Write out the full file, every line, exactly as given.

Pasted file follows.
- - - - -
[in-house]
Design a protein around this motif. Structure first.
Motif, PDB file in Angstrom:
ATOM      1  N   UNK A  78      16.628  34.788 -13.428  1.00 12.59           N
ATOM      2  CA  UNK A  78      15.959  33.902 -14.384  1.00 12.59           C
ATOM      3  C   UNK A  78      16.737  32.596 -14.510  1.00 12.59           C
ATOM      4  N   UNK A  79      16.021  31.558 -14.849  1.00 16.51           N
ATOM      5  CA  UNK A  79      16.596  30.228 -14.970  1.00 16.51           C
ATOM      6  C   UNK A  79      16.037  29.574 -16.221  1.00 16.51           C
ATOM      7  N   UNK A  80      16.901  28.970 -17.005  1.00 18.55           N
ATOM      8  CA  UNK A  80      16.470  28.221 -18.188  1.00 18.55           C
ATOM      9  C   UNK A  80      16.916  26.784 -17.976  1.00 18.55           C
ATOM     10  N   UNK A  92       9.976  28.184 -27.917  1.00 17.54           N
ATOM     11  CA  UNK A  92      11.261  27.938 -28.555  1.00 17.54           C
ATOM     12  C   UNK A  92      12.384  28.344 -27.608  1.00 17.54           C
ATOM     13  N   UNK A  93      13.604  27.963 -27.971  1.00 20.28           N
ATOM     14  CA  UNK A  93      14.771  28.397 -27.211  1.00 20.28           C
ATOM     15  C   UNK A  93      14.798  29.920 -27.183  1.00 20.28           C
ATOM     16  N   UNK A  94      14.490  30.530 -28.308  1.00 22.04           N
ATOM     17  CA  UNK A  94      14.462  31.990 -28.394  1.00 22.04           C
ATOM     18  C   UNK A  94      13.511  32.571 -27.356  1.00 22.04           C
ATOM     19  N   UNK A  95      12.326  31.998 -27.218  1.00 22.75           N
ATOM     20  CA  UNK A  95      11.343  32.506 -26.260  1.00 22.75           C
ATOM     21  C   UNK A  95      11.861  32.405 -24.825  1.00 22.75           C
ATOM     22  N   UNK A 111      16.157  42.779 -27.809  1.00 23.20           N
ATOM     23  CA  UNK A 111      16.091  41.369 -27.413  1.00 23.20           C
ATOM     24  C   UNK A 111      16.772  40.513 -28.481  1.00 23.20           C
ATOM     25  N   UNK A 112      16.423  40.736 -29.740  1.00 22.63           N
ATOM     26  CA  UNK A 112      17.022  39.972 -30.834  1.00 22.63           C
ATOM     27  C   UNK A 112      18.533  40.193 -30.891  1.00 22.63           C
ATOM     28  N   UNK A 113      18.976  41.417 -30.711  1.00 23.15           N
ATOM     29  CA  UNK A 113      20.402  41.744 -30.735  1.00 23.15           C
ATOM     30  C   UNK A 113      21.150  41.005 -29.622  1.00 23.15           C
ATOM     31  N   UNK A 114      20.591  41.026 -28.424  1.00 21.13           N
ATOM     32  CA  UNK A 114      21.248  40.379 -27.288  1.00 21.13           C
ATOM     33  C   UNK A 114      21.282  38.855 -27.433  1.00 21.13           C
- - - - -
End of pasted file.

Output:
[in-house]
Design a protein around this motif. Structure first.
Motif, PDB file in Angstrom:
ATOM      1  N   UNK A  78      16.628  34.788 -13.428  1.00 12.59           N
ATOM      2  CA  UNK A  78      15.959  33.902 -14.384  1.00 12.59           C
ATOM      3  C   UNK A  78      16.737  32.596 -14.510  1.00 12.59           C
ATOM      4  N   UNK A  79      16.021  31.558 -14.849  1.00 16.51           N
ATOM      5  CA  UNK A  79      16.596  30.228 -14.970  1.00 16.51           C
ATOM      6  C   UNK A  79      16.037  29.574 -16.221  1.00 16.51           C
ATOM      7  N   UNK A  80      16.901  28.970 -17.005  1.00 18.55           N
ATOM      8  CA  UNK A  80      16.470  28.221 -18.188  1.00 18.55           C
ATOM      9  C   UNK A  80      16.916  26.784 -17.976  1.00 18.55           C
ATOM     10  N   UNK A  92       9.976  28.184 -27.917  1.00 17.54           N
ATOM     11  CA  UNK A  92      11.261  27.938 -28.555  1.00 17.54           C
ATOM     12  C   UNK A  92      12.384  28.344 -27.608  1.00 17.54           C
ATOM     13  N   UNK A  93      13.604  27.963 -27.971  1.00 20.28           N
ATOM     14  CA  UNK A  93      14.771  28.397 -27.211  1.00 20.28           C
ATOM     15  C   UNK A  93      14.798  29.920 -27.183  1.00 20.28           C
ATOM     16  N   UNK A  94      14.490  30.530 -28.308  1.00 22.04           N
ATOM     17  CA  UNK A  94      14.462  31.990 -28.394  1.00 22.04           C
ATOM     18  C   UNK A  94      13.511  32.571 -27.356  1.00 22.04           C
ATOM     19  N   UNK A  95      12.326  31.998 -27.218  1.00 22.75           N
ATOM     20  CA  UNK A  95      11.343  32.506 -26.260  1.00 22.75           C
ATOM     21  C   UNK A  95      11.861  32.405 -24.825  1.00 22.75           C
ATOM     22  N   UNK A 111      16.157  42.779 -27.809  1.00 23.20           N
ATOM     23  CA  UNK A 111      16.091  41.369 -27.413  1.00 23.20           C
ATOM     24  C   UNK A 111      16.772  40.513 -28.481  1.00 23.20           C
ATOM     25  N   UNK A 112      16.423  40.736 -29.740  1.00 22.63           N
ATOM     26  CA  UNK A 112      17.022  39.972 -30.834  1.00 22.63           C
ATOM     27  C   UNK A 112      18.533  40.193 -30.891  1.00 22.63           C
ATOM     28  N   UNK A 113      18.976  41.417 -30.711  1.00 23.15           N
ATOM     29  CA  UNK A 113      20.402  41.744 -30.735  1.00 23.15           C
ATOM     30  C   UNK A 113      21.150  41.005 -29.622  1.00 23.15           C
ATOM     31  N   UNK A 114      20.591  41.026 -28.424  1.00 21.13           N
ATOM     32  CA  UNK A 114      21.248  40.379 -27.288  1.00 21.13           C
ATOM     33  C   UNK A 114      21.282  38.855 -27.433  1.00 21.13           C